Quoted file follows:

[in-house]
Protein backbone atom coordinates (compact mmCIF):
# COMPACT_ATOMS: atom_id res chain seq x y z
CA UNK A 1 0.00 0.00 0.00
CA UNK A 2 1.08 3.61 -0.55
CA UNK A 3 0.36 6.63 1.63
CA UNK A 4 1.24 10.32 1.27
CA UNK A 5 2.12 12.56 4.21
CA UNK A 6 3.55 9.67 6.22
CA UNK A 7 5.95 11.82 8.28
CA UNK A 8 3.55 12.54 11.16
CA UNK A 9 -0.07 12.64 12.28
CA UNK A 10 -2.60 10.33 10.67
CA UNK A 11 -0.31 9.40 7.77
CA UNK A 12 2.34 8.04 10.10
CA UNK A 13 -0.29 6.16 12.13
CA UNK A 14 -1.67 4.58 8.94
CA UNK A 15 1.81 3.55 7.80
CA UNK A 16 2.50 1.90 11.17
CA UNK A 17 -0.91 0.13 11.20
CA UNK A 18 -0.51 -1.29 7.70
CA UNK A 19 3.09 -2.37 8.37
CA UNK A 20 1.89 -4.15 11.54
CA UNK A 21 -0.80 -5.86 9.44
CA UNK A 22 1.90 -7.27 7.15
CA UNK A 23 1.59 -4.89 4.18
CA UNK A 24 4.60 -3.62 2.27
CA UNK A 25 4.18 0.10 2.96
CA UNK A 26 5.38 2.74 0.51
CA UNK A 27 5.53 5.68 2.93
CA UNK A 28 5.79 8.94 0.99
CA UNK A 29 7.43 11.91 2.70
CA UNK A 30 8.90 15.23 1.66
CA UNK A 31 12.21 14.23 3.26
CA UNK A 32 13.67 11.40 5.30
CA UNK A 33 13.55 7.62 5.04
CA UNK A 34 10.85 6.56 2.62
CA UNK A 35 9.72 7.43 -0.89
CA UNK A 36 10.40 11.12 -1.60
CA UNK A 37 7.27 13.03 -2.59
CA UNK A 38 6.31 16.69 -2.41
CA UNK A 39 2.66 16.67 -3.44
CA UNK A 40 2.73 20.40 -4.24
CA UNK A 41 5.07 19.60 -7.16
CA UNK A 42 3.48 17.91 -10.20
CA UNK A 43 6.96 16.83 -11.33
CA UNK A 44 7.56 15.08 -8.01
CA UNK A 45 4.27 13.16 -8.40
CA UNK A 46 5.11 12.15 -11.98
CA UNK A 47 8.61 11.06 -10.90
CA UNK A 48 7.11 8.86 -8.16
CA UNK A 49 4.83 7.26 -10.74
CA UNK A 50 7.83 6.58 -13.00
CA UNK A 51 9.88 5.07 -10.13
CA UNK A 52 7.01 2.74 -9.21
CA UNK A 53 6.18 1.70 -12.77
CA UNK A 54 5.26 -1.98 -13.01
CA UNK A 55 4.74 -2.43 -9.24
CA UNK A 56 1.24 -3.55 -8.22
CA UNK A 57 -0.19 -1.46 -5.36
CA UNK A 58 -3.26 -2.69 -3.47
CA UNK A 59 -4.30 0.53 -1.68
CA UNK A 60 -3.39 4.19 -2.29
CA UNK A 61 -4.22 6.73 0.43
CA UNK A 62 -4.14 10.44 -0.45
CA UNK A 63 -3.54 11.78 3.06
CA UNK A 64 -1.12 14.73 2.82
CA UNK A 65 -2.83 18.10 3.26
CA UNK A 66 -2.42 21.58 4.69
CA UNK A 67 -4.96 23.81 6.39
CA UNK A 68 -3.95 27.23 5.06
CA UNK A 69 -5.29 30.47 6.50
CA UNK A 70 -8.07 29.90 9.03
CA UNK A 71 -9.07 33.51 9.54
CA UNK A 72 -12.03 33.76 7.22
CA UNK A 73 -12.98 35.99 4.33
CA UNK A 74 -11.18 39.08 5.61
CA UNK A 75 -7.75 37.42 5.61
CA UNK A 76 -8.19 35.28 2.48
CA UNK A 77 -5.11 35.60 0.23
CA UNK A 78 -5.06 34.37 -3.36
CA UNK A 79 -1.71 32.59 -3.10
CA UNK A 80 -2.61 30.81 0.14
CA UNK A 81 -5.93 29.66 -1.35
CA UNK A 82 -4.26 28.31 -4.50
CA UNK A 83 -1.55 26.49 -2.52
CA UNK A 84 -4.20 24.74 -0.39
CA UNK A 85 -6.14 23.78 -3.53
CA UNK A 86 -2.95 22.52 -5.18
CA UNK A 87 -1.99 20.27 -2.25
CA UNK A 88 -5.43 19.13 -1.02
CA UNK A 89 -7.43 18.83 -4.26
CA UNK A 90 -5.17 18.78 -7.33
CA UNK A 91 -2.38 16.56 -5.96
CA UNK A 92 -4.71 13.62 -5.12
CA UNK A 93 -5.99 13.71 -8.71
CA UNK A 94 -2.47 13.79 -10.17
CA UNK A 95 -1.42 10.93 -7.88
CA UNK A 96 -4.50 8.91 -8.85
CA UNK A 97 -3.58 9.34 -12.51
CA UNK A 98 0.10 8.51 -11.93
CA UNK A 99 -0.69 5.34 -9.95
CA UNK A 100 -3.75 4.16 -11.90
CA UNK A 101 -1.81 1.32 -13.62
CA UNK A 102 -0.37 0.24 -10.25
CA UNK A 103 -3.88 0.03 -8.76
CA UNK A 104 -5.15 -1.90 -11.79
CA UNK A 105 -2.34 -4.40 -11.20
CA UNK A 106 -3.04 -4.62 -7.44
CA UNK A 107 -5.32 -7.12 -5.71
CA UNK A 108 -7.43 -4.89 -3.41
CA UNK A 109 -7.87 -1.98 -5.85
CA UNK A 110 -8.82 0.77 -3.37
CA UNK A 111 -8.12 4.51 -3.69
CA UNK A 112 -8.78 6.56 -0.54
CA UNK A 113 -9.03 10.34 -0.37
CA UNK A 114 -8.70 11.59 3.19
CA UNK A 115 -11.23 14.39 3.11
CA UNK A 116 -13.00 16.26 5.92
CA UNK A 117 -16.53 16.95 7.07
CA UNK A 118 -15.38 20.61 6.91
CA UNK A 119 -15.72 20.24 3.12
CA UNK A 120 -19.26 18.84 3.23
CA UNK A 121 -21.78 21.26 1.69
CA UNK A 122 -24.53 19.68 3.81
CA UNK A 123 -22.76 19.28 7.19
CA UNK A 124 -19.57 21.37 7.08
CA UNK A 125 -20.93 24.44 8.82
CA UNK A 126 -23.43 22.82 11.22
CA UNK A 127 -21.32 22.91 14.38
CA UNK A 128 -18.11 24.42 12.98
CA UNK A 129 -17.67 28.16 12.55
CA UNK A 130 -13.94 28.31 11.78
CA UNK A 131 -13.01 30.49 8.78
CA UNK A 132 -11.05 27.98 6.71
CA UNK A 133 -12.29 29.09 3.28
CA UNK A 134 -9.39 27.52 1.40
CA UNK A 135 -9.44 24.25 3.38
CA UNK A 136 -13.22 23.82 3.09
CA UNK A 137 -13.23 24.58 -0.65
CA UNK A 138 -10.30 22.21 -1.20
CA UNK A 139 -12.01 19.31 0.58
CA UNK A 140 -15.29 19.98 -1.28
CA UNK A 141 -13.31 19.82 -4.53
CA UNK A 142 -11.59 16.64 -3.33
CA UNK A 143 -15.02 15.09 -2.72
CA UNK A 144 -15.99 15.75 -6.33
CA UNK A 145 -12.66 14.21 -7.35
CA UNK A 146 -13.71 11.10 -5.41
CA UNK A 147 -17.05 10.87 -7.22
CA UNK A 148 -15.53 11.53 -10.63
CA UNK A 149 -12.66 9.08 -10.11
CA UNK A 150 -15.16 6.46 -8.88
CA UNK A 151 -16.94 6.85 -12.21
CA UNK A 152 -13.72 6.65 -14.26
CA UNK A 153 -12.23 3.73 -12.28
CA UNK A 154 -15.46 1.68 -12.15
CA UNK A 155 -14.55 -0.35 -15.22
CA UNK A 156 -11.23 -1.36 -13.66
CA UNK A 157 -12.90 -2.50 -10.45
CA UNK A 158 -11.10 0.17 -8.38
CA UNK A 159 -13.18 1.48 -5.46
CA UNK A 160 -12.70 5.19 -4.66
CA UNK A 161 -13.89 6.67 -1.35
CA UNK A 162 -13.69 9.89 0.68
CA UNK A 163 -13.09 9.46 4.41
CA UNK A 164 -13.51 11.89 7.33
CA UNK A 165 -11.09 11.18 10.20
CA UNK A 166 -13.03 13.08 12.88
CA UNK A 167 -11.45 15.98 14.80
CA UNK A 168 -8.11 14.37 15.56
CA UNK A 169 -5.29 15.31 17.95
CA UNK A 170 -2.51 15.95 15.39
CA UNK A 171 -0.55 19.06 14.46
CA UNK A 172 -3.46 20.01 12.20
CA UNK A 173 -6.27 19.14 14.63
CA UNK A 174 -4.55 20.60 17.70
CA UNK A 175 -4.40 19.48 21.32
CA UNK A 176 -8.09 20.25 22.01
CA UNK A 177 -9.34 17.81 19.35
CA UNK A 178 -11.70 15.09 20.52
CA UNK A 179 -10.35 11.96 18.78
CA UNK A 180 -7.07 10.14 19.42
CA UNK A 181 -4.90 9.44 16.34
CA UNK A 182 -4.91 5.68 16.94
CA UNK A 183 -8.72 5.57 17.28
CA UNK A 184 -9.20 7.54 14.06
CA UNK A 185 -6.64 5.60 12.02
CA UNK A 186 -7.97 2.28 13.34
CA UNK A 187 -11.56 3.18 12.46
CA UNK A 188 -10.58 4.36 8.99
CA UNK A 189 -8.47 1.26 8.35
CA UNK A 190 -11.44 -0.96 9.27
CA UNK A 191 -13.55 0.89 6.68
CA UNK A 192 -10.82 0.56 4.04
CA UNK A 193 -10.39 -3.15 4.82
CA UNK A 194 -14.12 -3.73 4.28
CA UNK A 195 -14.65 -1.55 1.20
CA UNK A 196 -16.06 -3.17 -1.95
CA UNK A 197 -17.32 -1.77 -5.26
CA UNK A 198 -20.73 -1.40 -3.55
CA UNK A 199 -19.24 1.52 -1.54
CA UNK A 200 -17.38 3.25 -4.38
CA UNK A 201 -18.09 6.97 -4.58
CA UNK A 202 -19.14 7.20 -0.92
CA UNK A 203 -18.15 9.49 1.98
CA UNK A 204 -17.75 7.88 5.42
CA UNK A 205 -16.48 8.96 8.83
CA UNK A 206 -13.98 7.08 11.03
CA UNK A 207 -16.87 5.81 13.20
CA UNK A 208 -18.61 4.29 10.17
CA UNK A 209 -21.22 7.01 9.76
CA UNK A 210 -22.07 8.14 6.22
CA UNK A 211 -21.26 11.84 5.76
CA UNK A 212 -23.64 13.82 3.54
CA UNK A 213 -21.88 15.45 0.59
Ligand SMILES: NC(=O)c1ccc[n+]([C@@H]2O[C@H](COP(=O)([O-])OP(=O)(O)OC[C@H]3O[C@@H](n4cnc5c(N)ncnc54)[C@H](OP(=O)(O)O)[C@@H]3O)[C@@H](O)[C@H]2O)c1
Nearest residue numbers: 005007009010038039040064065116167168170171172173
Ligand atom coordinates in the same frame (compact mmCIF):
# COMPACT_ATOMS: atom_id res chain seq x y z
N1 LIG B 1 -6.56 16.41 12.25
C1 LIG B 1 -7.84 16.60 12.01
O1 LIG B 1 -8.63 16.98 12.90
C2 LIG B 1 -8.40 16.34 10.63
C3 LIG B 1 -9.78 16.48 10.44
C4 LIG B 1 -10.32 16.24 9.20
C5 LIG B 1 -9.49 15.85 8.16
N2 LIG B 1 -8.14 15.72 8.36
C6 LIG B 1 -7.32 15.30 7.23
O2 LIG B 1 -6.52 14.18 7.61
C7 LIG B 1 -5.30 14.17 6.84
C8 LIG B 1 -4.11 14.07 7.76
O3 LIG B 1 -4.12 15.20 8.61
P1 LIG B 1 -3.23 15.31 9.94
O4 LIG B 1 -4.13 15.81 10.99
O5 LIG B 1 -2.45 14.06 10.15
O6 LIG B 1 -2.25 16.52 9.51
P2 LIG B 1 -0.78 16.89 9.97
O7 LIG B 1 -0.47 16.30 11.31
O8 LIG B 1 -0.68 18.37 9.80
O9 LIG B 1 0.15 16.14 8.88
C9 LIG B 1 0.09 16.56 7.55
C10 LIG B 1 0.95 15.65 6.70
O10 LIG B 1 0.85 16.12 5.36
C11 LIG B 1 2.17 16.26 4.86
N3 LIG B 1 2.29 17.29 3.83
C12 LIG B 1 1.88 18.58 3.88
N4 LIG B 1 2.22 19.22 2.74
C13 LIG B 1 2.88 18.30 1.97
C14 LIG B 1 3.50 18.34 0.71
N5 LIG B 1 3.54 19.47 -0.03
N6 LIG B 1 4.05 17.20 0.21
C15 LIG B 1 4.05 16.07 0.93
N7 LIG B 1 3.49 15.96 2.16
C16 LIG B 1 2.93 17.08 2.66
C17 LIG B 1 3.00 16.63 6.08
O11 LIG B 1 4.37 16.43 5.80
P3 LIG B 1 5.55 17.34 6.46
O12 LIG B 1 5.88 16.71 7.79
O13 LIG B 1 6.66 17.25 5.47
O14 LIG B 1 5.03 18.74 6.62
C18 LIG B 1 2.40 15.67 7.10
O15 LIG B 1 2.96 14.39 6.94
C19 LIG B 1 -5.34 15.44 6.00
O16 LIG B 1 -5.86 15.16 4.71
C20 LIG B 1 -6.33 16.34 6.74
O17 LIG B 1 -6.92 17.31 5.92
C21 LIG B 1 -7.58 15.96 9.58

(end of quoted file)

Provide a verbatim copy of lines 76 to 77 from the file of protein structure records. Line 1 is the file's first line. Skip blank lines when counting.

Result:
CA UNK A 73 -12.98 35.99 4.33
CA UNK A 74 -11.18 39.08 5.61